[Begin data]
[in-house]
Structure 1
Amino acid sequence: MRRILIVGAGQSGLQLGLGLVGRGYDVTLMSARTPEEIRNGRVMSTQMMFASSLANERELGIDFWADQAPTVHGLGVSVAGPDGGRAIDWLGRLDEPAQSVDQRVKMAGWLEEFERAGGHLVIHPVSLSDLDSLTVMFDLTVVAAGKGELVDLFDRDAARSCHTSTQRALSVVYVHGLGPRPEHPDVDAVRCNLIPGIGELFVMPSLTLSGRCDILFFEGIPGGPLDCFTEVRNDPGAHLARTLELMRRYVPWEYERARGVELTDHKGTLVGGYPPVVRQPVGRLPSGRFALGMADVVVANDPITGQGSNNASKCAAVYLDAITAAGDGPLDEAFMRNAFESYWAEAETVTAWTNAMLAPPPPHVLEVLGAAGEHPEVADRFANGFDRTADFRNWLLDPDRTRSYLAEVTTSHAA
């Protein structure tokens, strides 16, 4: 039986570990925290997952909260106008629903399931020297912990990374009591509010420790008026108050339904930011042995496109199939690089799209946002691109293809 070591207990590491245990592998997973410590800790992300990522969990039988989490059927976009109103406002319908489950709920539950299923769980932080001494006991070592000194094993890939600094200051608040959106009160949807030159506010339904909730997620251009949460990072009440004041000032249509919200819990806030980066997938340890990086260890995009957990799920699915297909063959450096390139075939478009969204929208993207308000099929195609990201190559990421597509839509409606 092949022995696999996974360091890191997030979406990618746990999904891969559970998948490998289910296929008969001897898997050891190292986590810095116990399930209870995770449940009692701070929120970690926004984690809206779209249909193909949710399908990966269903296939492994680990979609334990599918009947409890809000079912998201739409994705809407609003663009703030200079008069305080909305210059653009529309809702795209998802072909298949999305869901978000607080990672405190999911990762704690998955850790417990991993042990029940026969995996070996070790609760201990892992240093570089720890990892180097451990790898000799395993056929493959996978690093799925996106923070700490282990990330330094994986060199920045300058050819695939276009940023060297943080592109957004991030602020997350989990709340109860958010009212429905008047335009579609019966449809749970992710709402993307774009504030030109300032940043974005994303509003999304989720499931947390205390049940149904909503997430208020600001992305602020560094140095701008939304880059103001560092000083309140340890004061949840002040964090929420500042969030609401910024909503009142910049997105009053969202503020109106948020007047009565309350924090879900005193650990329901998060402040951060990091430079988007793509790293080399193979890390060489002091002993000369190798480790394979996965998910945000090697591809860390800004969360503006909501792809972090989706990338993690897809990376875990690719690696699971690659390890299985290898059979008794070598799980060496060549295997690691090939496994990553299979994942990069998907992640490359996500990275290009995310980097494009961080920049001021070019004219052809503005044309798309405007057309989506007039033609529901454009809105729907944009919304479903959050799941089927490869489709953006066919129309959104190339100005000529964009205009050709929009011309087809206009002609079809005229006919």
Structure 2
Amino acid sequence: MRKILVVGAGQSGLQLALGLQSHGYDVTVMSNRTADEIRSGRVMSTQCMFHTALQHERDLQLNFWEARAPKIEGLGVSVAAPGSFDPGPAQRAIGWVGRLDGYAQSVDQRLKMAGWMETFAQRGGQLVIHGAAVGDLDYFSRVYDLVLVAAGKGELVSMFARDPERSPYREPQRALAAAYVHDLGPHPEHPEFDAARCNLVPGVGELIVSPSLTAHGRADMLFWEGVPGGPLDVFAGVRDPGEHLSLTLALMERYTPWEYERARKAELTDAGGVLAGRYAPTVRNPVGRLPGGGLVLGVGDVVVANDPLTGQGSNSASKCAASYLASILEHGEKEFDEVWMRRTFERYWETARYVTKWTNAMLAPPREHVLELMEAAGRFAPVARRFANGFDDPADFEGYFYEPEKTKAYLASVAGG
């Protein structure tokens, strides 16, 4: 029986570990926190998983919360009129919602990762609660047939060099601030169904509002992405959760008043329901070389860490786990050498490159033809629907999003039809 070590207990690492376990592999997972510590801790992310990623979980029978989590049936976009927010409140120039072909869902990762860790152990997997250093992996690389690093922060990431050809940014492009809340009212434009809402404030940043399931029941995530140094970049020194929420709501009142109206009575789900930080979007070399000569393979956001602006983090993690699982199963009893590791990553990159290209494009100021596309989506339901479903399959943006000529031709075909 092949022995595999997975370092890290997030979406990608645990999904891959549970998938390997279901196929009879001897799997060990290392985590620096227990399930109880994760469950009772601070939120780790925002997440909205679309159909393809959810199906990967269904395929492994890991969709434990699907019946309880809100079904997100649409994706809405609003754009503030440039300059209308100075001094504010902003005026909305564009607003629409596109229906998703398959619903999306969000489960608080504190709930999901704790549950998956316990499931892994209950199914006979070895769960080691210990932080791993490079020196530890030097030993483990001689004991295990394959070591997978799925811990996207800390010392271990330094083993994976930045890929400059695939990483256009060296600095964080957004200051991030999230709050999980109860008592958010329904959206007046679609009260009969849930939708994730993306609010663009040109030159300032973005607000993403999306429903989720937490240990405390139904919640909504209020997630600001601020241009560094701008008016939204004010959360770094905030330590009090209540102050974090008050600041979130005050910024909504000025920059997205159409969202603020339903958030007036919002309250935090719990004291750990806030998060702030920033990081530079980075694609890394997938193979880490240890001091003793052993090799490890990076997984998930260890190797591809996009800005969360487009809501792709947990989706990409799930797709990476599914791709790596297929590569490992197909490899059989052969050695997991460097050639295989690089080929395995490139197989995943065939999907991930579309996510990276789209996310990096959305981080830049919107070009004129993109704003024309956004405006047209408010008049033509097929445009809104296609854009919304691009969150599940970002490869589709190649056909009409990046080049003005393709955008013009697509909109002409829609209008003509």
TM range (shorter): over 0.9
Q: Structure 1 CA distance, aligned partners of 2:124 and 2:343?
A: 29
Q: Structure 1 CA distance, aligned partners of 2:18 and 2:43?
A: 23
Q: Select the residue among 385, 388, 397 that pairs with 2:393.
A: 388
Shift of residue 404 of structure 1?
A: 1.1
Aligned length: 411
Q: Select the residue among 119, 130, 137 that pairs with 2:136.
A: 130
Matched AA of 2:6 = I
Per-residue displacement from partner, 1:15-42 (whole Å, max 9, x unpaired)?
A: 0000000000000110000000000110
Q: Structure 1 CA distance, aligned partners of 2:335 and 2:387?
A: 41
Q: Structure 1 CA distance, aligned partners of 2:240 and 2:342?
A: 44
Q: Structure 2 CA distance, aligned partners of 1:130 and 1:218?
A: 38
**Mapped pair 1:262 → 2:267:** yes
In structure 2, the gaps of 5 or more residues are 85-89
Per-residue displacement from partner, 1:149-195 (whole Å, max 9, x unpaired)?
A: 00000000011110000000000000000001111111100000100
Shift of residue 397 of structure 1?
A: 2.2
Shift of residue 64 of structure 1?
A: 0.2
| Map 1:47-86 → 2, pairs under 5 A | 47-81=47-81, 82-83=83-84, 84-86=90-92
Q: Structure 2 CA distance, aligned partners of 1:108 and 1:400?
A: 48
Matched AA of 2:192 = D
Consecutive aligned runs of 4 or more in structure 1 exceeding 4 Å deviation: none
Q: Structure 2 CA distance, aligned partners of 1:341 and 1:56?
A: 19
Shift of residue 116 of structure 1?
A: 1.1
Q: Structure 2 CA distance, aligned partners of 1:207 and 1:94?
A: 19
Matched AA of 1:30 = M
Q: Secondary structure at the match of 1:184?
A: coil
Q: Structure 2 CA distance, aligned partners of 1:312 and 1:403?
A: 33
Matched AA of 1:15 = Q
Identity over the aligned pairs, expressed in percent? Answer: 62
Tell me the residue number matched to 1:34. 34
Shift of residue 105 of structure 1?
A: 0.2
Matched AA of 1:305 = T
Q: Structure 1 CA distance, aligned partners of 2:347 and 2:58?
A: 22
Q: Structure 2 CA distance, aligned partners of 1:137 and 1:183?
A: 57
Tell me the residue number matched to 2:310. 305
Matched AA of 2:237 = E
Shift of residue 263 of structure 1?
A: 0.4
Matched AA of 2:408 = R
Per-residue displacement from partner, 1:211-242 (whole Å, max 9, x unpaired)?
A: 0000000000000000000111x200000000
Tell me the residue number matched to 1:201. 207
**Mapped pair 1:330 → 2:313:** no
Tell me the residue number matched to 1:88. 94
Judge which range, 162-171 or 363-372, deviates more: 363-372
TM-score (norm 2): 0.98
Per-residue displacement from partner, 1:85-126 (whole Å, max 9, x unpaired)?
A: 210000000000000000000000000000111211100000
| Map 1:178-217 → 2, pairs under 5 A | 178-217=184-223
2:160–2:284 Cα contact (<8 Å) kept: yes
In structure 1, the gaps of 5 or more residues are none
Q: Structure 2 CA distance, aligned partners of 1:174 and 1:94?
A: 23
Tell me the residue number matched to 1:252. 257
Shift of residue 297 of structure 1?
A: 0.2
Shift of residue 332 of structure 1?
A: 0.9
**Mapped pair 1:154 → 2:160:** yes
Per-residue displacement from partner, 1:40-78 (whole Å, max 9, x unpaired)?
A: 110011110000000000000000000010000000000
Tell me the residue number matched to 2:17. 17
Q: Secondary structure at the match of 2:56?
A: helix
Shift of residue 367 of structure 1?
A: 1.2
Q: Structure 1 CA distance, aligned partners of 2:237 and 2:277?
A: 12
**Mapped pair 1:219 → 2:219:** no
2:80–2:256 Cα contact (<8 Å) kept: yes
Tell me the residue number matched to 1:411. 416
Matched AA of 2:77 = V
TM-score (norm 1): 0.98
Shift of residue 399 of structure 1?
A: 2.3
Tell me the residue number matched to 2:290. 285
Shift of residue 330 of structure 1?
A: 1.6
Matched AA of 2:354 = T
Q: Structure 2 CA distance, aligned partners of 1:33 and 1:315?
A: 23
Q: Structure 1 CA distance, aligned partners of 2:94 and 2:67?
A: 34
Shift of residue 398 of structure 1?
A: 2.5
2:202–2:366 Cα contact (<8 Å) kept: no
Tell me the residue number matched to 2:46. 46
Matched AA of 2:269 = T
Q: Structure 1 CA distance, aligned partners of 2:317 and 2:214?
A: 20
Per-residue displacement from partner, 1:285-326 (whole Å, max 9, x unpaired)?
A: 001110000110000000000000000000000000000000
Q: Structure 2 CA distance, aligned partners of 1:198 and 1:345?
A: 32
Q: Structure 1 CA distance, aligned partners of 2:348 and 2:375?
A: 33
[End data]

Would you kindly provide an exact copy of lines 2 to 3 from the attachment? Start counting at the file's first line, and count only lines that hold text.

Structure 1
Amino acid sequence: MRRILIVGAGQSGLQLGLGLVGRGYDVTLMSARTPEEIRNGRVMSTQMMFASSLANERELGIDFWADQAPTVHGLGVSVAGPDGGRAIDWLGRLDEPAQSVDQRVKMAGWLEEFERAGGHLVIHPVSLSDLDSLTVMFDLTVVAAGKGELVDLFDRDAARSCHTSTQRALSVVYVHGLGPRPEHPDVDAVRCNLIPGIGELFVMPSLTLSGRCDILFFEGIPGGPLDCFTEVRNDPGAHLARTLELMRRYVPWEYERARGVELTDHKGTLVGGYPPVVRQPVGRLPSGRFALGMADVVVANDPITGQGSNNASKCAAVYLDAITAAGDGPLDEAFMRNAFESYWAEAETVTAWTNAMLAPPPPHVLEVLGAAGEHPEVADRFANGFDRTADFRNWLLDPDRTRSYLAEVTTSHAA